– Ingredients are cheap so we would recommend making a double batch of the dough, that way you can practice the pulling and stretching of the dough with the first batch and if it doesn’t come out like it should you can use the second batch to give it another try;
– The tablecloth can be cotton or polyster;
– Before pulling and stretching the dough, remove your jewelry from hands and wrists, and wear short-sleeves;
– To make it easier to pull the dough, you can use your hip to secure the dough against the edge of the table;
– Few small holes in the dough is not a problem as the dough will be rolled, making (most of) the holes invisible.


13 Responses to “Daring Baker’s: Strudel”

  1. Mary BC said

    You rocked your first challenge!!!!

    The gluten free recipe from CIA seems low carb and high protein ….? But I ate it too fast to think that one through.

    • jenskitchen said

      Thanks! After I looked at the CIA recipe, I started thinking that I could make a strudel low carb. I am definitely going to try the CIA recipe – I didn’t have all the ingredients to try it before – so I’ll be getting them soon.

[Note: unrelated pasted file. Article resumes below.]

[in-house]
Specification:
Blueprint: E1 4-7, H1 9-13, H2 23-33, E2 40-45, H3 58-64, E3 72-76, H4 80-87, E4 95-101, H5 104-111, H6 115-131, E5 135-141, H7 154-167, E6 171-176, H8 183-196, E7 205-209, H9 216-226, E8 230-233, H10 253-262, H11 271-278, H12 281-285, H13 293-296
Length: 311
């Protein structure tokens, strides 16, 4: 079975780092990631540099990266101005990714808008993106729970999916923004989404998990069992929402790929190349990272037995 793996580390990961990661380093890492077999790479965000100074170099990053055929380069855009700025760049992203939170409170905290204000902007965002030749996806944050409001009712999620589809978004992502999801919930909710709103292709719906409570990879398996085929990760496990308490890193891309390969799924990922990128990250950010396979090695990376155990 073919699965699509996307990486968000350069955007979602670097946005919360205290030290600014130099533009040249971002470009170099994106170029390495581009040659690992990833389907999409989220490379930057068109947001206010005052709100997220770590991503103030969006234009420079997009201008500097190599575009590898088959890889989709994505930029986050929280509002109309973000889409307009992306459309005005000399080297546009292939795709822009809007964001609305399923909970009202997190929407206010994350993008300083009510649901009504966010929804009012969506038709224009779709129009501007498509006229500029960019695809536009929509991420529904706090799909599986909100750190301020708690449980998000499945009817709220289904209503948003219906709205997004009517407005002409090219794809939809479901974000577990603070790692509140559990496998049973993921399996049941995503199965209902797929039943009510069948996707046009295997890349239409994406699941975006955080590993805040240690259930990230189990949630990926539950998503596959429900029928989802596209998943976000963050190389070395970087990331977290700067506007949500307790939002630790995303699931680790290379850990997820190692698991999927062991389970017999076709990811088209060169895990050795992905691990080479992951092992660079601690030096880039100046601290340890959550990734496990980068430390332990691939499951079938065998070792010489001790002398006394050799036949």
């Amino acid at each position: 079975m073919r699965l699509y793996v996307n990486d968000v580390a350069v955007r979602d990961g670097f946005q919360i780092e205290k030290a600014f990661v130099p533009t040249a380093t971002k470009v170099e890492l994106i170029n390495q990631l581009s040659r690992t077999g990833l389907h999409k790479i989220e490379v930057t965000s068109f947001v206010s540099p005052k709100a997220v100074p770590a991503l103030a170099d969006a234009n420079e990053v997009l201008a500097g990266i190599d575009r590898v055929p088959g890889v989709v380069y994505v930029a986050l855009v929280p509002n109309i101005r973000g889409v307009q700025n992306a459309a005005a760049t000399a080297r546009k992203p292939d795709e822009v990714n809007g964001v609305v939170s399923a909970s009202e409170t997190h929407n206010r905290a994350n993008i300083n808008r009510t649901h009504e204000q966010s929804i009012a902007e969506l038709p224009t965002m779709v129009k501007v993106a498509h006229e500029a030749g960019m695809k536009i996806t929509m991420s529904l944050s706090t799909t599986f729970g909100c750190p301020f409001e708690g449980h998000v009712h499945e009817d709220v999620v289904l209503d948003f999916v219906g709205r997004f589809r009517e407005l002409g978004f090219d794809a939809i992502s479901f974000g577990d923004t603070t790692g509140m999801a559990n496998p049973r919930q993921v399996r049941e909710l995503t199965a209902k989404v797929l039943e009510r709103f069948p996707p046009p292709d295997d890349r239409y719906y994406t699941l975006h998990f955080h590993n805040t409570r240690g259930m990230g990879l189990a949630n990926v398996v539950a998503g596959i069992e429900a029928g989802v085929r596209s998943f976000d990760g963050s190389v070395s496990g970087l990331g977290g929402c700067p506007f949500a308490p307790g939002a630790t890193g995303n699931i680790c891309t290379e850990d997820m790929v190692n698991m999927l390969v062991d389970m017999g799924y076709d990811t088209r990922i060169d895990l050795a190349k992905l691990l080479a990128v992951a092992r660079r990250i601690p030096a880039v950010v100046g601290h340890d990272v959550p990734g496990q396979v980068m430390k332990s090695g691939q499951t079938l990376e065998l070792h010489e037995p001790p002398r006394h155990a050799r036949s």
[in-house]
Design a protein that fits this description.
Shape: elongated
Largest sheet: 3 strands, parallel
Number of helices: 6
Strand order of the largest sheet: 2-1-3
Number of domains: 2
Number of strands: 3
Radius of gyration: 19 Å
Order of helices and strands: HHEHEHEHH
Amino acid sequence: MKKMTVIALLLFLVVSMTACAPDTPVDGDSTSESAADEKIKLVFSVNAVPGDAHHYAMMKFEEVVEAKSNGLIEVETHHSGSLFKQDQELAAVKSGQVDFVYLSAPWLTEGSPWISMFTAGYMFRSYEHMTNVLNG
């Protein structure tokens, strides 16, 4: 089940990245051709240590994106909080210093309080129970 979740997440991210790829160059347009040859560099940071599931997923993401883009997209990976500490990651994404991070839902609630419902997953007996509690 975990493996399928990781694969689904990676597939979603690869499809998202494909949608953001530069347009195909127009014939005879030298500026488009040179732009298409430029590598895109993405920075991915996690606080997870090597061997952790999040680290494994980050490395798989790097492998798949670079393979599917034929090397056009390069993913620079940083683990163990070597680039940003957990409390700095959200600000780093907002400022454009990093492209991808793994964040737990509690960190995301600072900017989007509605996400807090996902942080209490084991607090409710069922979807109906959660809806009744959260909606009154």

2. Natalie said

    Beautiful job on your first challenge! Welcome to the Daring Bakers!

    Natalie @ Gluten A Go Go

  3. Lauren said

    Awesome job on your first challenge!! Your strudel looks amazing =D.

  4. Ah, how lucky you are to have such a cute little sous chef.

    Baking without flour seems like quite a challenge, but it looks like you figured a way around it. Nice work!

  5. It definitely helps to have a willing little sous chef for several attempts! He’s a cutie for sure. Love the rum, raisins, and walnuts as ingredients–yum!


    • jenskitchen said

      And, luckily the sous chef’s ate the majority of what I made so it didn’t go to waste (or my waist)!


  6. marika said

    CONGRATS on your first DB challenge, and welcome 🙂 I have so much respect for the GF bakers…especially with challenges like this month’s strudel – Well done!

    • jenskitchen said

      Thanks! I had a lot of fun with my first challenge – excited for the future challenges. Gluten-free baking has been a little intimidating, so this will encourage me to try new things.